Exactly how the stars aligned for Drama 3/4 to have its first TV show is hard to say. It was partly due to our past work, especially Deliverance, the Musical, which had ended up on desks around MTV networks; our live show, A.S.S. (Another Showcase Showdown), which had recently relaunched bigger and better after TV development talks went south; and the restructuring of the company into something that looked as professional as it was skilled, rather than a bunch of sketch comedians running around with their heads cut off. We were finally an entity that a network could buy from, and VH1 did!
At that time, VH1 wasn’t really in the business of doing scripted content, but the president of the network really wanted to break into that space and had opened a whole department to make it happen. So they acquired the Tori Spelling series So Notorious and greenlit our pilot presentation, The AfterWork Special, along with a few others on both coasts (you can read all about that on Day 15). Even though they were pleased with the result, there was still a lot of resistance. VH1 mainly trafficked in reality programming and the occasional TV biopic. They just weren’t accustomed to spending the kind of “scripted dollars” that narrative production requires, despite our willingness to keep the budget to an absolute minimum – which we soon discovered would become the norm, with shows like It’s Always Sunny in Philadelphia setting the bar (a “bar” we shared for the party scene in AfterWork Special 😉) at remarkably-high quality for ultra-low cost. But AfterWork became the little pilot that wouldn’t die, and when it continued to test well, VH1 gave it an 8-episode pickup under a new name, I Hate My 30’s, to capitalize on the popularity of their nostalgia “strip” shows such as I Love the ’80s. This technically made us the first live-action scripted series ever developed in-house at VH1.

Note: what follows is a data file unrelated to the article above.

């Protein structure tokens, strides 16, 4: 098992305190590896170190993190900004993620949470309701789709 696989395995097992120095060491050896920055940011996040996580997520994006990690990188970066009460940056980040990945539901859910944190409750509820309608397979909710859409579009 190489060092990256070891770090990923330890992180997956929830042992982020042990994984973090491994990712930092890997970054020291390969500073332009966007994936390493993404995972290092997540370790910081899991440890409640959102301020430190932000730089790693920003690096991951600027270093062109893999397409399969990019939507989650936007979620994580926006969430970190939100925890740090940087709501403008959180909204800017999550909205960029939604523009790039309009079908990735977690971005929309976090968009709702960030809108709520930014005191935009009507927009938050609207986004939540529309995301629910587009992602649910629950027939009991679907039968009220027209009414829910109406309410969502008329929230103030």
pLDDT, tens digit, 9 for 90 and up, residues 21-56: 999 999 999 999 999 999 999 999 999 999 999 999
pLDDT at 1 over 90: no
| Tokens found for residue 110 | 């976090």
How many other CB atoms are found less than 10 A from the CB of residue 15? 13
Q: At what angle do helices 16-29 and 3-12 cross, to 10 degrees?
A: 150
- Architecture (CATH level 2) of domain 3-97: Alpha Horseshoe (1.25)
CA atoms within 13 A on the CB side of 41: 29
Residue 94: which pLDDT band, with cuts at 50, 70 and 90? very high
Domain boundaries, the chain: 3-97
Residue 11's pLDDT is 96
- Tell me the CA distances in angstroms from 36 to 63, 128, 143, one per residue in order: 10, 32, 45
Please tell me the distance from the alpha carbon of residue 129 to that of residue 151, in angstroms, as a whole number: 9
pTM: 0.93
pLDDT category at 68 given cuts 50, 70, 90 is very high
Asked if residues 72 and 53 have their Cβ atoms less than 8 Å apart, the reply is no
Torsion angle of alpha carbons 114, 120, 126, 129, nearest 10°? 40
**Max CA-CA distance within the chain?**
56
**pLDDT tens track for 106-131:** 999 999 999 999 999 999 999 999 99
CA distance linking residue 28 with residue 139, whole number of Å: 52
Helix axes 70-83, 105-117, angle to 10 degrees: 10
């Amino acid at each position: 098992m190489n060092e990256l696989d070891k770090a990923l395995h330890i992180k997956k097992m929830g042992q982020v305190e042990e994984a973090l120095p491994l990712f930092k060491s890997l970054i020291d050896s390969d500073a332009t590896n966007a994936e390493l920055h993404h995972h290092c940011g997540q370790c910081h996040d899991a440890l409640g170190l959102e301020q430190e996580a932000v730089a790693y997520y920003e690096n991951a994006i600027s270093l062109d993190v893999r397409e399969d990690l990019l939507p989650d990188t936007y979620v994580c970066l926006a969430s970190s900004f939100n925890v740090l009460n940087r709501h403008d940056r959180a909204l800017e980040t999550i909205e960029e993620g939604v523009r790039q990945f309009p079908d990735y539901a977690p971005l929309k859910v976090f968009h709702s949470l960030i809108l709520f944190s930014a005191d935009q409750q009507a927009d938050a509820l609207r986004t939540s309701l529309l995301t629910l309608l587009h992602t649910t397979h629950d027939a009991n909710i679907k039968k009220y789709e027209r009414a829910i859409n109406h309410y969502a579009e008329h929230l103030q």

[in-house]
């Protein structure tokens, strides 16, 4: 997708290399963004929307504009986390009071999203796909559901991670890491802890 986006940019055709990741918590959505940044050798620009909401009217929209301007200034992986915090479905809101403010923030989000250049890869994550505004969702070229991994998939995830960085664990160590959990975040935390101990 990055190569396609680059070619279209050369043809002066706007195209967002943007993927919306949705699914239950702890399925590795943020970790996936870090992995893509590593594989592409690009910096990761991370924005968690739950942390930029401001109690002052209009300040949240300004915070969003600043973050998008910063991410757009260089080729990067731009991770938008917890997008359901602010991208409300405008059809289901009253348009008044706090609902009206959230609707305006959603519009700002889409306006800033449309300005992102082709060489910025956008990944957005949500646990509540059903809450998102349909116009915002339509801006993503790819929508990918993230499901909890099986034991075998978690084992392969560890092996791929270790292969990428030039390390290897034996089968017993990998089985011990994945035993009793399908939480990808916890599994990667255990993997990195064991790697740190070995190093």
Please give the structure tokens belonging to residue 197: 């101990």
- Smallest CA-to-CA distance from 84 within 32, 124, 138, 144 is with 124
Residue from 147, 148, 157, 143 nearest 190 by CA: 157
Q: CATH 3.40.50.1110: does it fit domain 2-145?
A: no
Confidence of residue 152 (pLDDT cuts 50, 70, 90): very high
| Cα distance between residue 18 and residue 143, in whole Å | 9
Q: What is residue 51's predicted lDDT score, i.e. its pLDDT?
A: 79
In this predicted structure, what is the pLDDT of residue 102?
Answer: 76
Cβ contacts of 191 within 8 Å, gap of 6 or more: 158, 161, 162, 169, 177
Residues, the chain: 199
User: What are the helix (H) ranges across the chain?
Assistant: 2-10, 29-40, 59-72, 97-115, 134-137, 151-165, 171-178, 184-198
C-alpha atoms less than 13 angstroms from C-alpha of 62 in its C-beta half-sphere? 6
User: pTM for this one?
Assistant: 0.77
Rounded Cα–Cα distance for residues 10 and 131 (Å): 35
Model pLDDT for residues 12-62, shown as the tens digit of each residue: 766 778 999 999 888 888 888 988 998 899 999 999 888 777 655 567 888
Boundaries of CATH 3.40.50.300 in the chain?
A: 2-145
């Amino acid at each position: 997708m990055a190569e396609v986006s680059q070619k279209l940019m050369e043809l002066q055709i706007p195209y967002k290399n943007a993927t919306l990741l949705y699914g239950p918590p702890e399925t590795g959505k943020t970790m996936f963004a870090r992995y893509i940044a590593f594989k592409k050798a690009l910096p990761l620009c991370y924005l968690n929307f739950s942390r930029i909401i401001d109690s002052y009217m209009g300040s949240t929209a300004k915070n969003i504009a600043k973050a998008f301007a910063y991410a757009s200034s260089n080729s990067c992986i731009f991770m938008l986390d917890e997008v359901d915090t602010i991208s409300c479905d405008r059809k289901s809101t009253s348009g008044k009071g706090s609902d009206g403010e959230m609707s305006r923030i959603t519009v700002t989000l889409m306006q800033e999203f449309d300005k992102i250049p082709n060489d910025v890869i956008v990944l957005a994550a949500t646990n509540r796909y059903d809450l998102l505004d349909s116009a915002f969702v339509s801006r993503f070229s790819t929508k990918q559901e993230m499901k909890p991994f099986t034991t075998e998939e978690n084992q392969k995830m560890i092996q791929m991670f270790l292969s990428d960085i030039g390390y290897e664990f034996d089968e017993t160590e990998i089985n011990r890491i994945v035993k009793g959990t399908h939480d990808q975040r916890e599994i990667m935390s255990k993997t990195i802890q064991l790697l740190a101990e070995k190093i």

While 30’s was underway, it overlapped – at the same soundstages, no less – with VH1’s next scripted show, Acceptable.TV, from producers Rob Schrab and Dan Harmon (later creator of Community and Rick and Morty), based on their Channel 101 web screening series. An audience voting element in that show required immediate turnaround, so even though we wrapped production first, Acceptable.TV was already hitting the airwaves while we deliberated with the network through another several months of post. Finally, after a long and winding journey, I Hate My 30’s premiered on VH1 in the summer of 2007. It was a dream come true for us to work on a real television project with so many of our Showcase friends, and amongst those in the know, the series remains a cult favorite to this day.
I Hate My 30’s is written and directed by Brice Beckham & David Fickas, starring themselves along with Mark Kelly, Rachael Lawrence, James Mathis III, Megahn Perry, Jill Ritchie, Michele Specht, Liam Sullivan and Ric Barbera as Dr. Rod. Go ahead, spend your Saturday soaking in all 8 episodes (and a handful of the 22 additional web extras, and the pilot again, if you like). We’ll be over here, brainstorming reasons We Hate Our 40s… just in case.